Some very interesting tidbits floating around the open-source web today:
- OStatic gets a scoop on Eucalyptus, an open-source version of Amazon's EC2. I'm not sure if this means you still have to build your own data center, or whether it leverages EC2 as the backend, because I'm a little lacking in funds to be able to build out my own "cloud." (Kudos to OStatic for becoming a useful, productive member of the open-source blogging community. I read it every day.)
- Yahoo! has opened up the API to its address book, allowing developers to do things like "start up a social networking site...[by using] the interface to send invitations to a member's list of contacts stored at Yahoo." Cool. The web continues to open up, one interface at a time.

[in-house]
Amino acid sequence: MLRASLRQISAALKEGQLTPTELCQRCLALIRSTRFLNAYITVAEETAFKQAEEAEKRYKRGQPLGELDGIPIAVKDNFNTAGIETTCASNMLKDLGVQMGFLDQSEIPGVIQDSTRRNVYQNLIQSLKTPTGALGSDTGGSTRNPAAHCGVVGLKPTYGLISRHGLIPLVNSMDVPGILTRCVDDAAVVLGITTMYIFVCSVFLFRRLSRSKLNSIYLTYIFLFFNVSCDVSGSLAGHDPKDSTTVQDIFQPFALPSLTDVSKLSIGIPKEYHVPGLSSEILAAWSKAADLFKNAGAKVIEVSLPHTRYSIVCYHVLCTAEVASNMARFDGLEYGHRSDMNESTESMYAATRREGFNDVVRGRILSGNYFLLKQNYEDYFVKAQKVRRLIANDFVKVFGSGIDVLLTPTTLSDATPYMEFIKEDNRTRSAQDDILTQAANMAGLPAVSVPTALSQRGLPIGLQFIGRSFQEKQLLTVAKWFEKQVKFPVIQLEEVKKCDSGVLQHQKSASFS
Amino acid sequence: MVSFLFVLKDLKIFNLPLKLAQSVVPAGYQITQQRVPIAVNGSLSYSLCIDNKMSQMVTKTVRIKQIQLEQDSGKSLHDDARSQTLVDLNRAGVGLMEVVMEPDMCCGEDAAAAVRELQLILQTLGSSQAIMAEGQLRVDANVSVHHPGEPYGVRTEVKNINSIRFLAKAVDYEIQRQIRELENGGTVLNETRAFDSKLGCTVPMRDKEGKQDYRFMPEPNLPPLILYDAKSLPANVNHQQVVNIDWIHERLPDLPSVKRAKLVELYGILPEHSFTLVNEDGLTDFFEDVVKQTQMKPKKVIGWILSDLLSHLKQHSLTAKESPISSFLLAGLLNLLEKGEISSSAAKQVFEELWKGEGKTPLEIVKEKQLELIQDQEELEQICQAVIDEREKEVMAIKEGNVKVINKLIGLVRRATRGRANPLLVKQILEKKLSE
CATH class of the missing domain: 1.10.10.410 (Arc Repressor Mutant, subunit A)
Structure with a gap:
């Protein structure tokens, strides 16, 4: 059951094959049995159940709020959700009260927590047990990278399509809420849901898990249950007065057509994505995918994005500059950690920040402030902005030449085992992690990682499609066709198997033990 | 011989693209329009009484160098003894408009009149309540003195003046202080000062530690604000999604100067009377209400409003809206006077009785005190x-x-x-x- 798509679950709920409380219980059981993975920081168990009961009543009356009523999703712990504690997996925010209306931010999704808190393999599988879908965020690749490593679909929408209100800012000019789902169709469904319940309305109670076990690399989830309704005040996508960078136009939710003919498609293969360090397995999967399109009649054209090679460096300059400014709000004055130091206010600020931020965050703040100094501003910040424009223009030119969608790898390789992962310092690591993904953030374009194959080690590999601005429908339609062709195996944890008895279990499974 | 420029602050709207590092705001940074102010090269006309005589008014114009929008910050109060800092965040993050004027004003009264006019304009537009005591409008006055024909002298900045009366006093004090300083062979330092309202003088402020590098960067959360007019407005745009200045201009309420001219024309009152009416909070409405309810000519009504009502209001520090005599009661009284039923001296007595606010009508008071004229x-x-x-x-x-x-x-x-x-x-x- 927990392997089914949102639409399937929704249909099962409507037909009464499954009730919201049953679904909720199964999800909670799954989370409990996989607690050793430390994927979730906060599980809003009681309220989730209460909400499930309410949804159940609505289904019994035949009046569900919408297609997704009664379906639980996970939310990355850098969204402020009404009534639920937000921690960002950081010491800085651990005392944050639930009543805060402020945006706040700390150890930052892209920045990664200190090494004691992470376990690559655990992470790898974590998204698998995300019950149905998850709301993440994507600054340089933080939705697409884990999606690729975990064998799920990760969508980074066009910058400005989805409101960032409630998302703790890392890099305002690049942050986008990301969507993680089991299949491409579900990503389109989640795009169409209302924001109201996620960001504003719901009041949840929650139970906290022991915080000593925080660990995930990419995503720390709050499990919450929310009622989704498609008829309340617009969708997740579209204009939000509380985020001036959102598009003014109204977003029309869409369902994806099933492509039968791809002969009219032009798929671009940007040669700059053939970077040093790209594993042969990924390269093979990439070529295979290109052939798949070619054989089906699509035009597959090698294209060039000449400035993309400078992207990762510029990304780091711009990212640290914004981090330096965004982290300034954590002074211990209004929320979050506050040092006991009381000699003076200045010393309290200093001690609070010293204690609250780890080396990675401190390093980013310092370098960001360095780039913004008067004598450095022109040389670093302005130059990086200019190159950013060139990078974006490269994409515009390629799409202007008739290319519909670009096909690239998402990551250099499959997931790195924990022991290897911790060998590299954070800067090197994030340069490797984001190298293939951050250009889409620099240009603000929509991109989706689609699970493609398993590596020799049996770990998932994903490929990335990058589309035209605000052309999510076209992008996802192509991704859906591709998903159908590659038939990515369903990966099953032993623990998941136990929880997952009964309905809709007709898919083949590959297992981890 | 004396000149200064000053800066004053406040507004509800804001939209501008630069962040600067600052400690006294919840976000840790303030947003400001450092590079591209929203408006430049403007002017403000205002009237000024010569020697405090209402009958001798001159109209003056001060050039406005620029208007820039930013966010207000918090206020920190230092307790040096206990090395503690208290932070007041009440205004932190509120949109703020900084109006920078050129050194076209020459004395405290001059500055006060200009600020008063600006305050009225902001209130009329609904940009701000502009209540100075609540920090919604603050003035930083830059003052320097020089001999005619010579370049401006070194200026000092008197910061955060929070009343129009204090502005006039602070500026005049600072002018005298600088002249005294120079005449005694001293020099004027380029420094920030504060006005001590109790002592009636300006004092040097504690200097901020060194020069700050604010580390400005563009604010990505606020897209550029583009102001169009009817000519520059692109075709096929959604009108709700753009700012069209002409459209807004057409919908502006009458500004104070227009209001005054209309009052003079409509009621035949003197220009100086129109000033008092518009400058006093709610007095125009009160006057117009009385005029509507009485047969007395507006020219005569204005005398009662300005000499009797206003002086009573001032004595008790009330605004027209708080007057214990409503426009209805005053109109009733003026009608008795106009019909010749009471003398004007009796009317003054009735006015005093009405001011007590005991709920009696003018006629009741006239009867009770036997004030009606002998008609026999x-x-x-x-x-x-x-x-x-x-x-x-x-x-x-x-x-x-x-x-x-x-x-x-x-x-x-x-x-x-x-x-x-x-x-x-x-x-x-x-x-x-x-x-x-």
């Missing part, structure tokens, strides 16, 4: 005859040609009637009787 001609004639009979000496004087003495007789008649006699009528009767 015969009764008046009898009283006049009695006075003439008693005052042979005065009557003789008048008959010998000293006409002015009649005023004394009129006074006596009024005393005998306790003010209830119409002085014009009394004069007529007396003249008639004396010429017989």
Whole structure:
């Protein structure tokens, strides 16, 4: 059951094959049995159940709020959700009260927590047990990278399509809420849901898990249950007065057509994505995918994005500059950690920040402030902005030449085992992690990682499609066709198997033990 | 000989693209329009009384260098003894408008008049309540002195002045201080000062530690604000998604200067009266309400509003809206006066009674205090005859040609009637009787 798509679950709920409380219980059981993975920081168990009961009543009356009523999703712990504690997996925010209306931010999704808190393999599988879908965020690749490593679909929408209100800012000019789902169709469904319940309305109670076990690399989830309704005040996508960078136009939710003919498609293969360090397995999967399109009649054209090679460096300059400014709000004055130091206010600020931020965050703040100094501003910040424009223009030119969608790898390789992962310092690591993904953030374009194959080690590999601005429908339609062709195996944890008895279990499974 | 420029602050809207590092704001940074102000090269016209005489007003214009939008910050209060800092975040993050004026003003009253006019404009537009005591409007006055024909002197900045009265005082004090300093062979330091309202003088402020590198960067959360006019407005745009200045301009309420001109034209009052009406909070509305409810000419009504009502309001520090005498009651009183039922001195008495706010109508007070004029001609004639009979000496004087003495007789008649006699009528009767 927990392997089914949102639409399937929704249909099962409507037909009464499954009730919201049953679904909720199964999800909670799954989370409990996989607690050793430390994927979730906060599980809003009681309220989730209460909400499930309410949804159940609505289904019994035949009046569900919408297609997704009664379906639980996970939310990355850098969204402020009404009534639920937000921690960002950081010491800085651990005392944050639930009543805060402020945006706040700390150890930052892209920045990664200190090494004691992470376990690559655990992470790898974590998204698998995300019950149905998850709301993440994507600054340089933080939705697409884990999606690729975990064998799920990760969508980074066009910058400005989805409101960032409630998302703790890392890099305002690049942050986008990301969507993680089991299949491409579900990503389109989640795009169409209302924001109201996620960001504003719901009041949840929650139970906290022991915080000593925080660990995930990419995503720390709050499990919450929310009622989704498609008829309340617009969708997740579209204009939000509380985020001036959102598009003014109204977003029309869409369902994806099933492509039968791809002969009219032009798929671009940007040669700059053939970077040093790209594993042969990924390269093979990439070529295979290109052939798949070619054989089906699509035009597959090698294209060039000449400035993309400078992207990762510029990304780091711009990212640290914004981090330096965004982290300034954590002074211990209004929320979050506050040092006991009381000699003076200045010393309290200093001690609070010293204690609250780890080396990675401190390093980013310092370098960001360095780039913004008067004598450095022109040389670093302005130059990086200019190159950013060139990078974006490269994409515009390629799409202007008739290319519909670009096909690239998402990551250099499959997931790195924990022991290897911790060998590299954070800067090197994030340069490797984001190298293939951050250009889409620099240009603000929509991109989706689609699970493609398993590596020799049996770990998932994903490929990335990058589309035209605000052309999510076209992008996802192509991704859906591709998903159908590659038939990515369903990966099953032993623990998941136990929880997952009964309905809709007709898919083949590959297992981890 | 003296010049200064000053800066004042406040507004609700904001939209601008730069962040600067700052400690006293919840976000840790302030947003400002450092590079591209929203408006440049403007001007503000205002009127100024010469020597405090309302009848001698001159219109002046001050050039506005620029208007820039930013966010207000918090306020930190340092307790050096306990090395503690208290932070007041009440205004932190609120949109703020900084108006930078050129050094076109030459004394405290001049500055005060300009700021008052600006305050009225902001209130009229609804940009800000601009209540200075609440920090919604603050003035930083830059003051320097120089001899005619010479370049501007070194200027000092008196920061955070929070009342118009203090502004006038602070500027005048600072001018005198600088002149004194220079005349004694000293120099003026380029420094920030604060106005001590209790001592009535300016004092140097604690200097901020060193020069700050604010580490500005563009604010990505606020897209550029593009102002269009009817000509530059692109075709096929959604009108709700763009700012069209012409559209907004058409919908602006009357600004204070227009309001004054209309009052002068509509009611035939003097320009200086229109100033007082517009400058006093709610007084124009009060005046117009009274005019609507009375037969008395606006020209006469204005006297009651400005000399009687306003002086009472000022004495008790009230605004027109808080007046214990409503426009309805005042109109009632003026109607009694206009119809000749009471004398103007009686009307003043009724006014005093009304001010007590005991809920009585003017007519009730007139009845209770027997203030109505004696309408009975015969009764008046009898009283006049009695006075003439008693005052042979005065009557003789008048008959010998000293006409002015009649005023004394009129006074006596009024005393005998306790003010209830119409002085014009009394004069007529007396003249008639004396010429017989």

- Law.com talks through the business implications of open sourcerors litigating for the rights of free code. The article has taken some flack, but I think the argument is sound: Many companies have had a free ride on open source for some time, and may discover that open-source projects may start pushing for "payback," meaning code. I know some big enterprises now view "distribution" as something triggered by transferring servers to a new group through M&A or other normal business operations. Should enterprises start taking the GPL more seriously? Yes.
- Linux will own 23 percent of the smartphone market by 2013, writes ABI Research. It's about time. My first job in open source was in embedded Linux, providing the industry's first Linux-based PDA device (Sharp Zaurus). We thought we had started something back in 2001, but it sure took a long time....
That's all for now. The march for world domination keeps progressing.